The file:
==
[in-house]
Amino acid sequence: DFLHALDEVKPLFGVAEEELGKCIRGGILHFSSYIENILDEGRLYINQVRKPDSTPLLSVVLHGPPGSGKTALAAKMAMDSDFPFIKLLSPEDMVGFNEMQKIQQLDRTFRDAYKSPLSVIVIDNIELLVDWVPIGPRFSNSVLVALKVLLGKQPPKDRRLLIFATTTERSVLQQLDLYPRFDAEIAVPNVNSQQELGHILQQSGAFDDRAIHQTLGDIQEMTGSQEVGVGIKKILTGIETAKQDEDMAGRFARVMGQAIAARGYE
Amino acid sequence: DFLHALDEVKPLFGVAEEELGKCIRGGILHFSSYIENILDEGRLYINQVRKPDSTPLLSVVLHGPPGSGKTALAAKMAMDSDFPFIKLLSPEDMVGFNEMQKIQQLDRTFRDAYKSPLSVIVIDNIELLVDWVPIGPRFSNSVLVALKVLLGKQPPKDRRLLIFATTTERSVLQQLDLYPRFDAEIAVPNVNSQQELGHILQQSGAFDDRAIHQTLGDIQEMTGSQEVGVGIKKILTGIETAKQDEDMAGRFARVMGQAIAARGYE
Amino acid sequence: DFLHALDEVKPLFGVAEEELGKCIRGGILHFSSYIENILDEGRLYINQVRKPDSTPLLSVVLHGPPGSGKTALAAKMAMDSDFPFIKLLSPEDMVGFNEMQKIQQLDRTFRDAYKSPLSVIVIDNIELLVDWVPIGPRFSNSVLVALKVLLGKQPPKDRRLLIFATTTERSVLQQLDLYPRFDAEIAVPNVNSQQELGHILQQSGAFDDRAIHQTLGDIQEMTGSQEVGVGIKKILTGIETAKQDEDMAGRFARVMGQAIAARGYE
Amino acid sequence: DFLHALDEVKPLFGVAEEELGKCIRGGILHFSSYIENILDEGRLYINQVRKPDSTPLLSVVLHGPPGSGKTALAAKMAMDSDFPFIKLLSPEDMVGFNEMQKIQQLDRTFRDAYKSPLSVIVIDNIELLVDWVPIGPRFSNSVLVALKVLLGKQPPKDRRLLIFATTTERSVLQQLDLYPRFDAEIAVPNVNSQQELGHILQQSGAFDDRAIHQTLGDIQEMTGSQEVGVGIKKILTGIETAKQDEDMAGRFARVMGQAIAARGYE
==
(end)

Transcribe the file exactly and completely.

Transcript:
[in-house]
Amino acid sequence: DFLHALDEVKPLFGVAEEELGKCIRGGILHFSSYIENILDEGRLYINQVRKPDSTPLLSVVLHGPPGSGKTALAAKMAMDSDFPFIKLLSPEDMVGFNEMQKIQQLDRTFRDAYKSPLSVIVIDNIELLVDWVPIGPRFSNSVLVALKVLLGKQPPKDRRLLIFATTTERSVLQQLDLYPRFDAEIAVPNVNSQQELGHILQQSGAFDDRAIHQTLGDIQEMTGSQEVGVGIKKILTGIETAKQDEDMAGRFARVMGQAIAARGYE
Amino acid sequence: DFLHALDEVKPLFGVAEEELGKCIRGGILHFSSYIENILDEGRLYINQVRKPDSTPLLSVVLHGPPGSGKTALAAKMAMDSDFPFIKLLSPEDMVGFNEMQKIQQLDRTFRDAYKSPLSVIVIDNIELLVDWVPIGPRFSNSVLVALKVLLGKQPPKDRRLLIFATTTERSVLQQLDLYPRFDAEIAVPNVNSQQELGHILQQSGAFDDRAIHQTLGDIQEMTGSQEVGVGIKKILTGIETAKQDEDMAGRFARVMGQAIAARGYE
Amino acid sequence: DFLHALDEVKPLFGVAEEELGKCIRGGILHFSSYIENILDEGRLYINQVRKPDSTPLLSVVLHGPPGSGKTALAAKMAMDSDFPFIKLLSPEDMVGFNEMQKIQQLDRTFRDAYKSPLSVIVIDNIELLVDWVPIGPRFSNSVLVALKVLLGKQPPKDRRLLIFATTTERSVLQQLDLYPRFDAEIAVPNVNSQQELGHILQQSGAFDDRAIHQTLGDIQEMTGSQEVGVGIKKILTGIETAKQDEDMAGRFARVMGQAIAARGYE
Amino acid sequence: DFLHALDEVKPLFGVAEEELGKCIRGGILHFSSYIENILDEGRLYINQVRKPDSTPLLSVVLHGPPGSGKTALAAKMAMDSDFPFIKLLSPEDMVGFNEMQKIQQLDRTFRDAYKSPLSVIVIDNIELLVDWVPIGPRFSNSVLVALKVLLGKQPPKDRRLLIFATTTERSVLQQLDLYPRFDAEIAVPNVNSQQELGHILQQSGAFDDRAIHQTLGDIQEMTGSQEVGVGIKKILTGIETAKQDEDMAGRFARVMGQAIAARGYE